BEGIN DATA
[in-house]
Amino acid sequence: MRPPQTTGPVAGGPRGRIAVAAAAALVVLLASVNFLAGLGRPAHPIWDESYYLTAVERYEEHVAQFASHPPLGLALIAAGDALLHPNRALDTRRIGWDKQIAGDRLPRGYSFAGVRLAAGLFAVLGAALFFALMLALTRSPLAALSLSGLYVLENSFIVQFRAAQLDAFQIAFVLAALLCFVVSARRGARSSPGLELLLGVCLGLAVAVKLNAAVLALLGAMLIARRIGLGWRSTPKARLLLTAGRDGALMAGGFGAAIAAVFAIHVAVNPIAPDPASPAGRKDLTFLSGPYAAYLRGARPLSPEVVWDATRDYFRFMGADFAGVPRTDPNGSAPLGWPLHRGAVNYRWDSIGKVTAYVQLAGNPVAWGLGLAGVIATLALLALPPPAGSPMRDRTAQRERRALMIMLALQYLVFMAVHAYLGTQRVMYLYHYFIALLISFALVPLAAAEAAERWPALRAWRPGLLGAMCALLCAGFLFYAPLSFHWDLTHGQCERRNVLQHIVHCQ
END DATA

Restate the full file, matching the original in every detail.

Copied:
[in-house]
Amino acid sequence: MRPPQTTGPVAGGPRGRIAVAAAAALVVLLASVNFLAGLGRPAHPIWDESYYLTAVERYEEHVAQFASHPPLGLALIAAGDALLHPNRALDTRRIGWDKQIAGDRLPRGYSFAGVRLAAGLFAVLGAALFFALMLALTRSPLAALSLSGLYVLENSFIVQFRAAQLDAFQIAFVLAALLCFVVSARRGARSSPGLELLLGVCLGLAVAVKLNAAVLALLGAMLIARRIGLGWRSTPKARLLLTAGRDGALMAGGFGAAIAAVFAIHVAVNPIAPDPASPAGRKDLTFLSGPYAAYLRGARPLSPEVVWDATRDYFRFMGADFAGVPRTDPNGSAPLGWPLHRGAVNYRWDSIGKVTAYVQLAGNPVAWGLGLAGVIATLALLALPPPAGSPMRDRTAQRERRALMIMLALQYLVFMAVHAYLGTQRVMYLYHYFIALLISFALVPLAAAEAAERWPALRAWRPGLLGAMCALLCAGFLFYAPLSFHWDLTHGQCERRNVLQHIVHCQ